COVID 19 - Employee Rights
- posted: Mar. 19, 2020
What Rights Do Workers Have in the Coronavirus Pandemic?
The coronavirus or COVID-19 pandemic is bringing uncertainty to every family and every worker in America.
As the nation rushes to combat this pandemic, you’re not the only one worried about your health and job security. The Centers for Disease Control (CDC) provides excellent guidelines for protecting your health. But what can you do to protect your job? In these uncertain times, it pays to know your rights.
Every day, I speak to clients who are worried about their jobs and need help navigating COVID-19 workplace challenges. Georgia is a right-to-work state, which means that your employer can end your job at any time, just as you can resign whenever you wish. Although there are no specific laws that safeguard employee rights during a pandemic, existing laws can protect you from workplace discrimination or wrongful termination. Here are just a few of my clients’ frequently asked questions.
A co-worker tested positive for the coronavirus—do I still have to go to work?
If you decide to stop working because your co-worker tests positive for COVID-19, or even if you suspect they have it, you can lose your job. Not showing up for three days or more gives your employer the right to consider your absence a voluntary resignation. Since you yourself are not sick, your absence would not be covered under the Family and Medical Leave Act (FMLA). Also, the Americans with Disabilities Act (ADA) does not apply to viruses or flus. So, in this situation, you would have forfeited your job. Reach out to me if you’re concerned about the coronavirus outbreak at your job.
Am I eligible for worker’s compensation if I get COVID-19 on the job?
Probably not, since it would be difficult to determine where you contracted the virus. You could have picked it up on a mailbox, at the coffee shop, or just about anywhere. So, unless you’re a first responder or healthcare worker, it may be difficult to prove that you contracted COVID-19 on the job. If you want to discuss your specific situation, give me a call.
What should I do if I’m treated differently because I’m older or have a chronic health condition?
Many believe that people under 60 and those in good health have greater resistance to COVID-19. Nevertheless, employers should not treat older or less healthy workers differently. For example, if your employer reduces the number of shifts and assigns work to only the younger workers, they may be unfairly excluding older workers. If you’re experiencing a situation like this, give me a call.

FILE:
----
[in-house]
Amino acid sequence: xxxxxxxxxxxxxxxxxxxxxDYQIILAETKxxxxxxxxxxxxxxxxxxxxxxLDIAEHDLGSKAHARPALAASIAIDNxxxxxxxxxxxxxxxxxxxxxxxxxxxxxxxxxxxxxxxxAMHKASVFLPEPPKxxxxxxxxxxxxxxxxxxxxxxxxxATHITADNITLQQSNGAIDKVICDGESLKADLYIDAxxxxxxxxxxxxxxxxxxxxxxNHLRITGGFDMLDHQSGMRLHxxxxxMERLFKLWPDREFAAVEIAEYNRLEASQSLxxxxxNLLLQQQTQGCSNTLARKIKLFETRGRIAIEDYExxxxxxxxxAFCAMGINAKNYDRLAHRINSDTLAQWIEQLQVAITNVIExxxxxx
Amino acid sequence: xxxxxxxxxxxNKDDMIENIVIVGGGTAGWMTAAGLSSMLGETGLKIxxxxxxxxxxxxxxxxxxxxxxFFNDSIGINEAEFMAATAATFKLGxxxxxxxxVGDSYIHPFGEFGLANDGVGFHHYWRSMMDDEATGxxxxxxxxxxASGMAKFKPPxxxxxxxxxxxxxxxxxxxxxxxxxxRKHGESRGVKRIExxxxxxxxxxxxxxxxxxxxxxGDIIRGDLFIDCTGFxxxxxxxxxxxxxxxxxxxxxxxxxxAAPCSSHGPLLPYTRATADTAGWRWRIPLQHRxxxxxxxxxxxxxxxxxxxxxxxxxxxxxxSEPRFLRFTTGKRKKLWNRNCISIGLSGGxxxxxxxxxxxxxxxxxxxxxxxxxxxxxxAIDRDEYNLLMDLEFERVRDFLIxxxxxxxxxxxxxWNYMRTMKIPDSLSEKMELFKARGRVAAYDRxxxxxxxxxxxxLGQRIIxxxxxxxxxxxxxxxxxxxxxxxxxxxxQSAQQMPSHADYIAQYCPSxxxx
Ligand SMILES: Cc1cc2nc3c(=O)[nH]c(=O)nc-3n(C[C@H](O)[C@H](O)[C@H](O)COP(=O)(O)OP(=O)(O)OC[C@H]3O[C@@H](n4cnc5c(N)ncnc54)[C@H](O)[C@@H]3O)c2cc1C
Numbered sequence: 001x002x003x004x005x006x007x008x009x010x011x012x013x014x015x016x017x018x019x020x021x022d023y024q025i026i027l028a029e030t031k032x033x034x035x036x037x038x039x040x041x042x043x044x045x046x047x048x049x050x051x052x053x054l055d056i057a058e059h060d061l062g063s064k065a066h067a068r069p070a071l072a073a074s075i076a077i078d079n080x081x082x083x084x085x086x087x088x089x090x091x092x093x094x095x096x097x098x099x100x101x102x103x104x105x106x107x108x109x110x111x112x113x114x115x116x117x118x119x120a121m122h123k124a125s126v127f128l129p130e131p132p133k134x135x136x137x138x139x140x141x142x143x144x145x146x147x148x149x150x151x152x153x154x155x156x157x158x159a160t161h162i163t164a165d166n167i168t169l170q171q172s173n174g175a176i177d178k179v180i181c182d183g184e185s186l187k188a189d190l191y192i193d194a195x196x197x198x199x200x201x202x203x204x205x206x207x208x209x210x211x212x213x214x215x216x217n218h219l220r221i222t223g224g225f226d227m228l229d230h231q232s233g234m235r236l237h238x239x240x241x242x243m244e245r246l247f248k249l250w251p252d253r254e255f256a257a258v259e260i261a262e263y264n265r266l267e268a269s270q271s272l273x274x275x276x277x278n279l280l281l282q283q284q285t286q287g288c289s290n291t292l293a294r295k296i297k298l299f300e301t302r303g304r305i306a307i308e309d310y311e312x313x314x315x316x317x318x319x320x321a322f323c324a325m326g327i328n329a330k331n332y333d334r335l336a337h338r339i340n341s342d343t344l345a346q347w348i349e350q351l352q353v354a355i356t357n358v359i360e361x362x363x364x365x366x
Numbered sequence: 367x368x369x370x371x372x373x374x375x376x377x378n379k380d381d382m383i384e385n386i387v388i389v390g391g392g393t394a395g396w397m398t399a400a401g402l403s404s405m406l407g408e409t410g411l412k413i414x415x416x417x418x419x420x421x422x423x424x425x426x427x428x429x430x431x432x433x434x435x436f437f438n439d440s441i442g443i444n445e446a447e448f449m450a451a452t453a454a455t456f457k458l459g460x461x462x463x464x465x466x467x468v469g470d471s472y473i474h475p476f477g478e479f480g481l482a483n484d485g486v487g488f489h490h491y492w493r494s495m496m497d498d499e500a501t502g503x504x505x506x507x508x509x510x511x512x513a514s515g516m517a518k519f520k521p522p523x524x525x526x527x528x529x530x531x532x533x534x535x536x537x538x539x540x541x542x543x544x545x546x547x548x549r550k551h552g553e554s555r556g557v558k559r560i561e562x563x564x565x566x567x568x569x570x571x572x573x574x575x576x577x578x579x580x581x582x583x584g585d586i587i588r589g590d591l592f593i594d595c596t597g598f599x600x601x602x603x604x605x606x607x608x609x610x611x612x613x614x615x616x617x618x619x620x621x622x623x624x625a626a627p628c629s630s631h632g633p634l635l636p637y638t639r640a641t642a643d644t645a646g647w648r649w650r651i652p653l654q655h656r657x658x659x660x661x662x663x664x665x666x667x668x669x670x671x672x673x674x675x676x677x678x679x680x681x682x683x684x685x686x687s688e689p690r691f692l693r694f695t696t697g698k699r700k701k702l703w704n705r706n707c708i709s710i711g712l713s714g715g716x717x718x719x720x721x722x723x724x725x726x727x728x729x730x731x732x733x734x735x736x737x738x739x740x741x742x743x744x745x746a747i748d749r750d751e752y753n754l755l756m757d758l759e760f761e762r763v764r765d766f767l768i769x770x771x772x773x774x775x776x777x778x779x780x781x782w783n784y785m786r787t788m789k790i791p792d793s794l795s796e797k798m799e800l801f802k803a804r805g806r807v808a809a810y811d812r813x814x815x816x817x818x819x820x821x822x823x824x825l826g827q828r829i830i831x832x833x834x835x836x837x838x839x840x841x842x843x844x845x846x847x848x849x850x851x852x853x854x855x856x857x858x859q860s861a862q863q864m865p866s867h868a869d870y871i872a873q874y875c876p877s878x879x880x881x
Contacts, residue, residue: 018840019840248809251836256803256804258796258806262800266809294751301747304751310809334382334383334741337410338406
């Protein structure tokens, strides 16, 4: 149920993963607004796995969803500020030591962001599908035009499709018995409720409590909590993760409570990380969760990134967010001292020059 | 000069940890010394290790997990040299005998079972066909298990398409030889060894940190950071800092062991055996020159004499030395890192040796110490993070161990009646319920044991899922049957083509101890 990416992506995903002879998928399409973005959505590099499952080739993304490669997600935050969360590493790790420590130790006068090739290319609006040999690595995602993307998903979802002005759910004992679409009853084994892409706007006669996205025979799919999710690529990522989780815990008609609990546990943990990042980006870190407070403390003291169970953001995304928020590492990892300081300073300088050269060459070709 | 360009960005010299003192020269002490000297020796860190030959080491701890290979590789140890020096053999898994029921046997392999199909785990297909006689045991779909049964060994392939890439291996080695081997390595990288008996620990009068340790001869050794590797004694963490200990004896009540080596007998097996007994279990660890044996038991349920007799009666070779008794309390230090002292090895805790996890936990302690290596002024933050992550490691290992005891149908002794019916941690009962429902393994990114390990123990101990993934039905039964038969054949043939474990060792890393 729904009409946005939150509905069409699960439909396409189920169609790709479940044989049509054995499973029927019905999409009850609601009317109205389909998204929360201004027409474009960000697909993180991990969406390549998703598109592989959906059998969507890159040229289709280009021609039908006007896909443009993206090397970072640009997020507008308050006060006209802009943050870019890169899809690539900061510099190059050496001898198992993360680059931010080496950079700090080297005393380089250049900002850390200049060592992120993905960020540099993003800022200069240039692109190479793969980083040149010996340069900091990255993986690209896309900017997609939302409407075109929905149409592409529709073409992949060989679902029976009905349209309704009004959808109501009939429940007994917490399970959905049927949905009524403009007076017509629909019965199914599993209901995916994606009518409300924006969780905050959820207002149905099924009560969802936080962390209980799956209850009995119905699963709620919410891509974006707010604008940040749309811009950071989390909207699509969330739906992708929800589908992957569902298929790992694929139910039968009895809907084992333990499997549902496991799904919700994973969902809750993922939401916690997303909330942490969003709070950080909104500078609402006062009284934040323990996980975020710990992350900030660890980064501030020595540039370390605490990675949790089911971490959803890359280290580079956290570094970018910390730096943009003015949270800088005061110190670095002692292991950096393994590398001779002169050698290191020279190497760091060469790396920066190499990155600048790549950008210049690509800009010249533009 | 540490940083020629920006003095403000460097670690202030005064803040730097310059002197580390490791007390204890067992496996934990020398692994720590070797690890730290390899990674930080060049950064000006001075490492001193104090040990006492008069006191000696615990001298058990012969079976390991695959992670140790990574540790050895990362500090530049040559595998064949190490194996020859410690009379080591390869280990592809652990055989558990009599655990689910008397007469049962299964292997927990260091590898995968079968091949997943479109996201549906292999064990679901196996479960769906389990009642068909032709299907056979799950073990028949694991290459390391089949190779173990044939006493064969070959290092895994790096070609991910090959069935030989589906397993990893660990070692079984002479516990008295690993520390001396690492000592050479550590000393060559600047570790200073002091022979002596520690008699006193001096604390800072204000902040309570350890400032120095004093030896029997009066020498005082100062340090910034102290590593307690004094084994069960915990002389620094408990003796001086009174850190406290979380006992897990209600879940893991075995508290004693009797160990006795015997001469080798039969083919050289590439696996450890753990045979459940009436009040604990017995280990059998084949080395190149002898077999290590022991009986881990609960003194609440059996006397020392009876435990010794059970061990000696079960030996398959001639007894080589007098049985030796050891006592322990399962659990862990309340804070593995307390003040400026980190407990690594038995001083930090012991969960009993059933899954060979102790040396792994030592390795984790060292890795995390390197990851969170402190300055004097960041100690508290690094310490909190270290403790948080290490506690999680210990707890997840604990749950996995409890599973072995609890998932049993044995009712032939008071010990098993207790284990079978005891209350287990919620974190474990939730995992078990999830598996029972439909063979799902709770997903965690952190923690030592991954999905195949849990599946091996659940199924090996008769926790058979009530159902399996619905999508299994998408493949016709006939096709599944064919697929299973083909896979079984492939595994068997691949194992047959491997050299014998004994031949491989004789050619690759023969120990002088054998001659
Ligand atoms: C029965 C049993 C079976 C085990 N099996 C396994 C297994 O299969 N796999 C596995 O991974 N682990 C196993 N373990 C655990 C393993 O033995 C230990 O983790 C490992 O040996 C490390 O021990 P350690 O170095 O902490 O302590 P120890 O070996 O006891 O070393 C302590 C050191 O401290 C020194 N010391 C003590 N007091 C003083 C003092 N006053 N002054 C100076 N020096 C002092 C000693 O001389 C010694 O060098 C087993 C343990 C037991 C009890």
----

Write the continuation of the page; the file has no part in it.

Is my employer obliged to keep the workplace clean?
It’s your employer’s responsibility to provide a safe work environment—and during the COVID-19 pandemic, they should be even more proactive in keeping the workplace extra clean and sanitized. Many employers have increased the frequency of cleaning or have shut down operations to sanitize their facilities. They’ve also encouraged social distancing and have (according to CDC guidelines) sent workers exhibiting COVID-19 or flu-like symptoms home. If your employer is not taking reasonable steps to provide a safe, clean work environment, speak to your manager or human resources representative as a first line of defense. If no action is taken, feel free to give me a call.
If I get the coronavirus and have no sick leave, do I have to stop working?
If you’re not feeling well and have a fever, you should stay home. In fact, if you’re showing symptoms, you might be asked to go home, regardless if you have sick leave or not. You may qualify for unemployment benefits, which can help you pay the bills during your 14-day COVID-19 quarantine. Check the Georgia Department of Labor’s website to see if you qualify.
Can I be fired for taking sick leave or staying home to take care of my kids?
If you take time off to recover from COVID-19 or take care of your kids, you may have the right to be reinstated at your job and receive paid leave. Recent changes to the Family Medical Leave Act (FMLA) provide safeguards based on the size of an employer’s workforce. If your job employs fewer than 500 people, you can take up to 12 weeks of leave if you’re unable to work or telework because you have to care for a child under 18 due to a school closure or lack of child care as a result of COVID-19. Your first 10 days of emergency FMLA leave can be unpaid leave, but the law requires that your employer pay for each subsequent day of leave. The law provides specific guidelines on how your rate of pay is calculated, specifying that the amount cannot exceed $200 per day and $10,000 in aggregate.
Employers with fewer than 25 employees are exempt from providing paid leave if your position is eliminated due to economic conditions or other circumstances that affect the business operations as a result of the coronavirus public health emergency.
If you need help interpreting FMLA, give me a call so we can figure out how it relates to your situation.
Let’s Discuss Your Rights
The coronavirus is having a definite impact on the workplace. I’m here to help you understand your legal rights so you’re empowered to protect your livelihood during these difficult times. Reach out to me to discuss your unique situation.